In fact, the novel is itself a work of understatement. It wasn’t until I realized this that I realized I had almost missed what Tyler was doing very, very deliberately.

It also helped when I remembered that it was Eugene Peterson who had suggested I read it. (No, no, I haven’t managed a personal face-to-face yet with my favorite American pastor, but I do have a copy of his Take and Read: Spiritual Reading: An Annotated List.)

Here’s was Peterson says about Saint Maybe: “Each new novel by Tyler is a fresh exercise in seeing behind the labels and clichés that stereotype people and prevent us from seeing the “image of God” that is there. She creates characters in her novels that are always just a little quirky, not quite fitting into what we think a human being ought to be. Most of us are so used to fitting into the categories supplied for us by hospitals, schools, shopping malls, and social services that we raise no objections when we are treated similarly by other Christians, and especially by Christian leaders. But insofar as we acquiesce, we lost the capacity to realize what God is most interested in working in us: sanctity, which means becoming more our created/redeemed selves, not less, not being reduced to what will fit into a religious program, not being depersonalized in the cause of ecclesiastical efficiency.”

Though this really gives you no specifics about the actual novel, Peterson is explaining the redemptive thread that is woven so beautifully and painfully in this novel: holiness.

Do we believe that is really what God is after?

And what is holiness? Is it keeping all of the rules? Keeping our religious ducks in a row?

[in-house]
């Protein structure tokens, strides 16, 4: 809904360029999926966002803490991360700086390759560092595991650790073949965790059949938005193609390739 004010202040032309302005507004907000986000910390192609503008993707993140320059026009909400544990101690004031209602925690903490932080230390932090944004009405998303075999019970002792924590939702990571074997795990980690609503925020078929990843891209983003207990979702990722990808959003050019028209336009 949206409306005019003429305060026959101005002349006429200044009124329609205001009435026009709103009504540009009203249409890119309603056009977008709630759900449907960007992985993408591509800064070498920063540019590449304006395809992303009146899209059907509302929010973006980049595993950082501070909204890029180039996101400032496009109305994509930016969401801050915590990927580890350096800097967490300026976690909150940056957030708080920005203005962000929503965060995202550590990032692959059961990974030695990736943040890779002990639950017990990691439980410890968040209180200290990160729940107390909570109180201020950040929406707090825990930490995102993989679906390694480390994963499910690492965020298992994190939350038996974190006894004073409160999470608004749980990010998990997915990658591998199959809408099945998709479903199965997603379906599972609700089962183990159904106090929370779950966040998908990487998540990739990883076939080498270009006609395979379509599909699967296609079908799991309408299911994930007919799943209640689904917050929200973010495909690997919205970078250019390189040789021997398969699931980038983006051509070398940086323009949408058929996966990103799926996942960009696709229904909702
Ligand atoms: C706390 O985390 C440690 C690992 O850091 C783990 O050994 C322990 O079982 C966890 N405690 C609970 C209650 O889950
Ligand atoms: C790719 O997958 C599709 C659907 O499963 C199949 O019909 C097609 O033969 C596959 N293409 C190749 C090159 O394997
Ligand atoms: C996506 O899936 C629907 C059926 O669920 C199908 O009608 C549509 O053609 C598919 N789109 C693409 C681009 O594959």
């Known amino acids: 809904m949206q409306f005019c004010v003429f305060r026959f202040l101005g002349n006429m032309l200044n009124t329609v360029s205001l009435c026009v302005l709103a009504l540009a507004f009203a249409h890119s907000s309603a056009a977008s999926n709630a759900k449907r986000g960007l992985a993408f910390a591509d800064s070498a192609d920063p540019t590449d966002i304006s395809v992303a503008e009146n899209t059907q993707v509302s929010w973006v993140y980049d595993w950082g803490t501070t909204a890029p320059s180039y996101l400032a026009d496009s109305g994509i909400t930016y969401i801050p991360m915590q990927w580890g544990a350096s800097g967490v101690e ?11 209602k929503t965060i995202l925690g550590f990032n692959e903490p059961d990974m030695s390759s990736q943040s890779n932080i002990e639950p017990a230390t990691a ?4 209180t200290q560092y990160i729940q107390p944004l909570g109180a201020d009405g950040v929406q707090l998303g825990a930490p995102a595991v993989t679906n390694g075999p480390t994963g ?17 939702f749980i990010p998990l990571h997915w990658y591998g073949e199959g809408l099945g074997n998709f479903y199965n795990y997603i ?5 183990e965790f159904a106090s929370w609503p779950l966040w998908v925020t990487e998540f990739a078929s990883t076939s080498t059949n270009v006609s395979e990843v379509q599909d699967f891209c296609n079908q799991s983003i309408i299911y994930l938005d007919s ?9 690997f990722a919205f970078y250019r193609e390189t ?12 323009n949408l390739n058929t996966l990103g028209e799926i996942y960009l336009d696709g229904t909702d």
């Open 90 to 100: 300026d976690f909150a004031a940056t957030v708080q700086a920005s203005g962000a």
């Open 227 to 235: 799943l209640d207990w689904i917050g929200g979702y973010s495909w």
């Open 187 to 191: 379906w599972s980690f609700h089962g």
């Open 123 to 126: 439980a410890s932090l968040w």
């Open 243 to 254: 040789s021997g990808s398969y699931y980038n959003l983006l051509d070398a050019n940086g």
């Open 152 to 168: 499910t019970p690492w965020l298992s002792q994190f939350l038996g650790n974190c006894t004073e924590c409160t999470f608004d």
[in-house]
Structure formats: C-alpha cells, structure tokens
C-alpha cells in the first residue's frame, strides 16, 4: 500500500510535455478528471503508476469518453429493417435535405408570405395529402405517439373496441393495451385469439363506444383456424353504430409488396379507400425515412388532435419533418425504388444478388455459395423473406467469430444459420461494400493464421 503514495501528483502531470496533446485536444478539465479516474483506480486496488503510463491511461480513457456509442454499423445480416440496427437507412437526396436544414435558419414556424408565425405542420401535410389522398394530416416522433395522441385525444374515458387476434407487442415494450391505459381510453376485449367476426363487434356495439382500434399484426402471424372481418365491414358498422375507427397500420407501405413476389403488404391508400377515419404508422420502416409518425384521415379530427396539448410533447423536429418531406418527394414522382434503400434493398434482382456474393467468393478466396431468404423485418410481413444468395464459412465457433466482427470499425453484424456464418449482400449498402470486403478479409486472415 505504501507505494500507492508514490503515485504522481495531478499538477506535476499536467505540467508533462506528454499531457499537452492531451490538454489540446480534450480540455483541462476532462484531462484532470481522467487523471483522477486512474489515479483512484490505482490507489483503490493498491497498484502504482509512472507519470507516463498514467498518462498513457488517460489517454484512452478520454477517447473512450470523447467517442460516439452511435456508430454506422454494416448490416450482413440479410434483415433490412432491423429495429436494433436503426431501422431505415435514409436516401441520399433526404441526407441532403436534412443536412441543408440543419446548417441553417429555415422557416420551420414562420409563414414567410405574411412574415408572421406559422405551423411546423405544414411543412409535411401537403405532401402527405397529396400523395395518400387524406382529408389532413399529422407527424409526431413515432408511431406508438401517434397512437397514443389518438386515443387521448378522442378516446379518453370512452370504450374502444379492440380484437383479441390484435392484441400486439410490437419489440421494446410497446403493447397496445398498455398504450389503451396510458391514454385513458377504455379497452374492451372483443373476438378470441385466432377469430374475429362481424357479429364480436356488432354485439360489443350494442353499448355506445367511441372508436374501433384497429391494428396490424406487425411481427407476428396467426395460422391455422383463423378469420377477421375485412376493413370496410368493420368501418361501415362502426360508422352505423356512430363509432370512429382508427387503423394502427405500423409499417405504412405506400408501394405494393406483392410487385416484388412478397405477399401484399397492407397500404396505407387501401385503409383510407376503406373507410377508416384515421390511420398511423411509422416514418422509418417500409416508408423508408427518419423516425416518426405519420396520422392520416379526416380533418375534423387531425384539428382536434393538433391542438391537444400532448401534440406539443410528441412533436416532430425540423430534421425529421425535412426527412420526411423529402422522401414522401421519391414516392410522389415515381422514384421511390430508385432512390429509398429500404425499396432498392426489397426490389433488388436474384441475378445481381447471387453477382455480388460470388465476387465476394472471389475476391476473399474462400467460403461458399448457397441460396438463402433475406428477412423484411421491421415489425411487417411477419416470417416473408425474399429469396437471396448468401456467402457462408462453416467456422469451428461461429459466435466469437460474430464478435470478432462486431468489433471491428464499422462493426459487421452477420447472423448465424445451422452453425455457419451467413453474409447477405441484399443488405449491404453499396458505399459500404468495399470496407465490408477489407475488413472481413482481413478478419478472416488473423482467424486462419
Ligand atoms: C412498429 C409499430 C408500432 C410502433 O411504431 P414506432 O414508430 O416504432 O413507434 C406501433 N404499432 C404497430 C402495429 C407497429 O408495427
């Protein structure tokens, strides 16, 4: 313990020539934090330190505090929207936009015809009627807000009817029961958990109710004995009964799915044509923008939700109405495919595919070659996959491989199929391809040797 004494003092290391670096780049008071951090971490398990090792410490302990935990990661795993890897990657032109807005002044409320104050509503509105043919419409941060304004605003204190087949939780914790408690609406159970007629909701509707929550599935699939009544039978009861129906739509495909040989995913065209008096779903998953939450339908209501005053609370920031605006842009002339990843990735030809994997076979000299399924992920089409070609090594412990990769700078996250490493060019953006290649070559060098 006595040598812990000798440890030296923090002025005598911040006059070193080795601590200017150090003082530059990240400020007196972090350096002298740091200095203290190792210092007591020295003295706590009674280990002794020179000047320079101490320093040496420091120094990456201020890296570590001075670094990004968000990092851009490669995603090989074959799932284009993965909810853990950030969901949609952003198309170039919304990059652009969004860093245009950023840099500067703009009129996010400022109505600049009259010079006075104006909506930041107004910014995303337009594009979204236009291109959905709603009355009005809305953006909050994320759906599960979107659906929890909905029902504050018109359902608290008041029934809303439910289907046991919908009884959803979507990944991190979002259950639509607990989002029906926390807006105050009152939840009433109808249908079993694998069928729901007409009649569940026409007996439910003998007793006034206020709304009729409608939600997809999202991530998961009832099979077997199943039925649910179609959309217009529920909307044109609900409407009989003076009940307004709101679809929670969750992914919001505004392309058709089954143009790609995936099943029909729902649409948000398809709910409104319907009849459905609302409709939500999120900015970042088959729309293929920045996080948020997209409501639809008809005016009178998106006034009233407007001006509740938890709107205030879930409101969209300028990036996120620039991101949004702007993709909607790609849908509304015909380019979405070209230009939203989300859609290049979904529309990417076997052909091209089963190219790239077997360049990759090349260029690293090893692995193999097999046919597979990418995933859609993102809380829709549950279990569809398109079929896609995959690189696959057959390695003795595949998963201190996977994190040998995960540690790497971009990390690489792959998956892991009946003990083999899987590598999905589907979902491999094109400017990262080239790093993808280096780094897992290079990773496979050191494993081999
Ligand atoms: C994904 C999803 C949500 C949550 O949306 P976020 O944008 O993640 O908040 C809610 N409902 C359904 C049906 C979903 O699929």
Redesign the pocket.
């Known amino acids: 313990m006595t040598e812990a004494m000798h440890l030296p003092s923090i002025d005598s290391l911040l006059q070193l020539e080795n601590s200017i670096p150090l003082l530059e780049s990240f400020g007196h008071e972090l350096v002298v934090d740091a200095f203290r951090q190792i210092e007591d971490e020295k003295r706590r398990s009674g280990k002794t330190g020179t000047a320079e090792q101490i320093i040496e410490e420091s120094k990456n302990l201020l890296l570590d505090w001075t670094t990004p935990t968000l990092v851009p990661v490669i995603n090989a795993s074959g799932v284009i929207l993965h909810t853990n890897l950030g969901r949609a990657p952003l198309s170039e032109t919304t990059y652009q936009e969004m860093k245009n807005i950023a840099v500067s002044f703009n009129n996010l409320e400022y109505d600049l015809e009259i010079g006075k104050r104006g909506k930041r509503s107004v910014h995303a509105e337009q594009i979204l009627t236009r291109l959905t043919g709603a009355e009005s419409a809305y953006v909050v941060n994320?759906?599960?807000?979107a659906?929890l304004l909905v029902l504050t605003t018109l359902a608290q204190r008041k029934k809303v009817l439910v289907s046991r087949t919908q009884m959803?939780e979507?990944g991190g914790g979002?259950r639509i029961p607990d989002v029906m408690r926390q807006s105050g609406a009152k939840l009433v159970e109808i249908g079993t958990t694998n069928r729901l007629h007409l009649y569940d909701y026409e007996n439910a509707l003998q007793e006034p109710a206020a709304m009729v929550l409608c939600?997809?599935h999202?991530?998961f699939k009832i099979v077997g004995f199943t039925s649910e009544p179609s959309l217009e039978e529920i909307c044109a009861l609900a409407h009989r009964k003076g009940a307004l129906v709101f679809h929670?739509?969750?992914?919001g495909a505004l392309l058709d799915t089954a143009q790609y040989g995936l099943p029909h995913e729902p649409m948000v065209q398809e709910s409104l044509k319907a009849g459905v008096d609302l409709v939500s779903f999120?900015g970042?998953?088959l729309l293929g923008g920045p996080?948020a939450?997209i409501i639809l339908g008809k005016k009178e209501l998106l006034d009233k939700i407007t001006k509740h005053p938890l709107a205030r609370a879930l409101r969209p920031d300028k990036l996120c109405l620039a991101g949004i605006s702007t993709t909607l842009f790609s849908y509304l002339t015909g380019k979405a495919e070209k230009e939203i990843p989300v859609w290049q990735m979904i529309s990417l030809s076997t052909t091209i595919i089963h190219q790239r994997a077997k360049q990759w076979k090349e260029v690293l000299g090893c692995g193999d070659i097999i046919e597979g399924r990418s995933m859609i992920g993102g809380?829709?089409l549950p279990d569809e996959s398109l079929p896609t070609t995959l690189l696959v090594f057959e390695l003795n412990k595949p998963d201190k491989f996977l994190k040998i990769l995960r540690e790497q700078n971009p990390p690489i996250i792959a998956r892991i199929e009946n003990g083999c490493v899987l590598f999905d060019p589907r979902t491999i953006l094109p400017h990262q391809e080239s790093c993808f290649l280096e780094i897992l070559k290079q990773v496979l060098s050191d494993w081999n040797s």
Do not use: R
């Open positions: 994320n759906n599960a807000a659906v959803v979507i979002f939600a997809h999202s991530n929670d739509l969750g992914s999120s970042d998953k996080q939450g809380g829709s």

Or is holiness love?

Ian, who is the novel’s protagonist, is a man who grows into holiness. At least I think. Because the novel’s prose is so common, because Ian is such a commoner, holiness doesn’t bedazzle you as a reader. There really aren’t explosive moments of insight for Ian. There is just this steady narrative drumbeat, and Ian plods forward.

You hardly admire him. At times, you may even pity him.

- until you put the novel down, take a few days away from it, (read a better, more insightful review), and realize you almost missed it.

Holiness can even be this: feeling exhausted and perplexed, sometimes feeling trapped, sometimes wondering why God feels so distant, often wondering if you’re on the right road - but keeping at the work God has given you.

“For the first time it occurred to him that there was something steely and inhuman to this religious business.”

Ian is one the road to finding forgiveness, and he’s missing it for a good part of the novel. He’s thinking that forgiveness is earned.

But along the way, Ian learns to pray. He is like us: so human, so frail, but growing in his capacity to see and receive God.

“To steady himself, he bowed himself and prayed. He prayed as he almost always did, not forming actual words but picturing instead this spinning green planet safe in the hands of God, with the children and his parents and Ian himself small trusting dots among all the other dots. And the room around him seemed to rustle with prayers for years and years past: Let them get well and Make her love me and Forgive what I have done.